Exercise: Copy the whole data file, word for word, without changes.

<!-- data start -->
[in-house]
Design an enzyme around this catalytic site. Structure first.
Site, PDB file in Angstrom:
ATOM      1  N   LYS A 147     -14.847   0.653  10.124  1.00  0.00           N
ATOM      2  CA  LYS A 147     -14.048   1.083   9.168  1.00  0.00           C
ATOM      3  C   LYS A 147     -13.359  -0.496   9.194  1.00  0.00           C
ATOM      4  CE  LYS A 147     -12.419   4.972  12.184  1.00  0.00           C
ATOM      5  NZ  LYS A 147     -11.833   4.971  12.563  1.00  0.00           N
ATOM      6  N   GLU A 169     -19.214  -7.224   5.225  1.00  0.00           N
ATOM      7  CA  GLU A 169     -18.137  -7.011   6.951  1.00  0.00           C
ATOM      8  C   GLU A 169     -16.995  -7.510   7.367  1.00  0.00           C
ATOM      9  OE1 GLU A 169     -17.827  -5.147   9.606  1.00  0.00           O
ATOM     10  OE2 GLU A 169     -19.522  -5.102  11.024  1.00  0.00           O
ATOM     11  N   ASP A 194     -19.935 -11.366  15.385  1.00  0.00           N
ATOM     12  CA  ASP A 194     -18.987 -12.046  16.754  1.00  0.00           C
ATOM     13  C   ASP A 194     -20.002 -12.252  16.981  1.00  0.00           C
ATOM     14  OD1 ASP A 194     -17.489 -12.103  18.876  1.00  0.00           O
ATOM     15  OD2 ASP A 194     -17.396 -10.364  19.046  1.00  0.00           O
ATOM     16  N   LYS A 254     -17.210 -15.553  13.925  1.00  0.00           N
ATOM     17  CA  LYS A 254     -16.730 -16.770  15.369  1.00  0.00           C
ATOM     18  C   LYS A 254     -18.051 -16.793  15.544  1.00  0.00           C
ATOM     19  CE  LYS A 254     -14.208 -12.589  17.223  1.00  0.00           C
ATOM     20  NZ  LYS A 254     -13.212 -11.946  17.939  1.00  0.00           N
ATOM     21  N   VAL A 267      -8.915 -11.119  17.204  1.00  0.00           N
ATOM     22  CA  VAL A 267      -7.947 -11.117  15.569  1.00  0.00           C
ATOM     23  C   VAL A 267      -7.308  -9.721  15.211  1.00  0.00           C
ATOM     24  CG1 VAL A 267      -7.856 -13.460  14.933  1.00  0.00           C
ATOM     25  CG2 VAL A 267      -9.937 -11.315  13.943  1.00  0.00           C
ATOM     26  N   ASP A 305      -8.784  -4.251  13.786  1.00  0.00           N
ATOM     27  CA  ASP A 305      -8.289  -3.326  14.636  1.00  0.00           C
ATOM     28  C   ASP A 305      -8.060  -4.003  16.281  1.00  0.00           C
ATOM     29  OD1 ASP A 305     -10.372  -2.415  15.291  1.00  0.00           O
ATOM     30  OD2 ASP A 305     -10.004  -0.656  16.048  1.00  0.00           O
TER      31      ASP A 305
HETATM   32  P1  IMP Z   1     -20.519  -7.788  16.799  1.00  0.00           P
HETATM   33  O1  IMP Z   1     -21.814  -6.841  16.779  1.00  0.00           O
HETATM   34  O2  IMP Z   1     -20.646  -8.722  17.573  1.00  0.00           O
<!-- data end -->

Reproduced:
[in-house]
Design an enzyme around this catalytic site. Structure first.
Site, PDB file in Angstrom:
ATOM      1  N   LYS A 147     -14.847   0.653  10.124  1.00  0.00           N
ATOM      2  CA  LYS A 147     -14.048   1.083   9.168  1.00  0.00           C
ATOM      3  C   LYS A 147     -13.359  -0.496   9.194  1.00  0.00           C
ATOM      4  CE  LYS A 147     -12.419   4.972  12.184  1.00  0.00           C
ATOM      5  NZ  LYS A 147     -11.833   4.971  12.563  1.00  0.00           N
ATOM      6  N   GLU A 169     -19.214  -7.224   5.225  1.00  0.00           N
ATOM      7  CA  GLU A 169     -18.137  -7.011   6.951  1.00  0.00           C
ATOM      8  C   GLU A 169     -16.995  -7.510   7.367  1.00  0.00           C
ATOM      9  OE1 GLU A 169     -17.827  -5.147   9.606  1.00  0.00           O
ATOM     10  OE2 GLU A 169     -19.522  -5.102  11.024  1.00  0.00           O
ATOM     11  N   ASP A 194     -19.935 -11.366  15.385  1.00  0.00           N
ATOM     12  CA  ASP A 194     -18.987 -12.046  16.754  1.00  0.00           C
ATOM     13  C   ASP A 194     -20.002 -12.252  16.981  1.00  0.00           C
ATOM     14  OD1 ASP A 194     -17.489 -12.103  18.876  1.00  0.00           O
ATOM     15  OD2 ASP A 194     -17.396 -10.364  19.046  1.00  0.00           O
ATOM     16  N   LYS A 254     -17.210 -15.553  13.925  1.00  0.00           N
ATOM     17  CA  LYS A 254     -16.730 -16.770  15.369  1.00  0.00           C
ATOM     18  C   LYS A 254     -18.051 -16.793  15.544  1.00  0.00           C
ATOM     19  CE  LYS A 254     -14.208 -12.589  17.223  1.00  0.00           C
ATOM     20  NZ  LYS A 254     -13.212 -11.946  17.939  1.00  0.00           N
ATOM     21  N   VAL A 267      -8.915 -11.119  17.204  1.00  0.00           N
ATOM     22  CA  VAL A 267      -7.947 -11.117  15.569  1.00  0.00           C
ATOM     23  C   VAL A 267      -7.308  -9.721  15.211  1.00  0.00           C
ATOM     24  CG1 VAL A 267      -7.856 -13.460  14.933  1.00  0.00           C
ATOM     25  CG2 VAL A 267      -9.937 -11.315  13.943  1.00  0.00           C
ATOM     26  N   ASP A 305      -8.784  -4.251  13.786  1.00  0.00           N
ATOM     27  CA  ASP A 305      -8.289  -3.326  14.636  1.00  0.00           C
ATOM     28  C   ASP A 305      -8.060  -4.003  16.281  1.00  0.00           C
ATOM     29  OD1 ASP A 305     -10.372  -2.415  15.291  1.00  0.00           O
ATOM     30  OD2 ASP A 305     -10.004  -0.656  16.048  1.00  0.00           O
TER      31      ASP A 305
HETATM   32  P1  IMP Z   1     -20.519  -7.788  16.799  1.00  0.00           P
HETATM   33  O1  IMP Z   1     -21.814  -6.841  16.779  1.00  0.00           O
HETATM   34  O2  IMP Z   1     -20.646  -8.722  17.573  1.00  0.00           O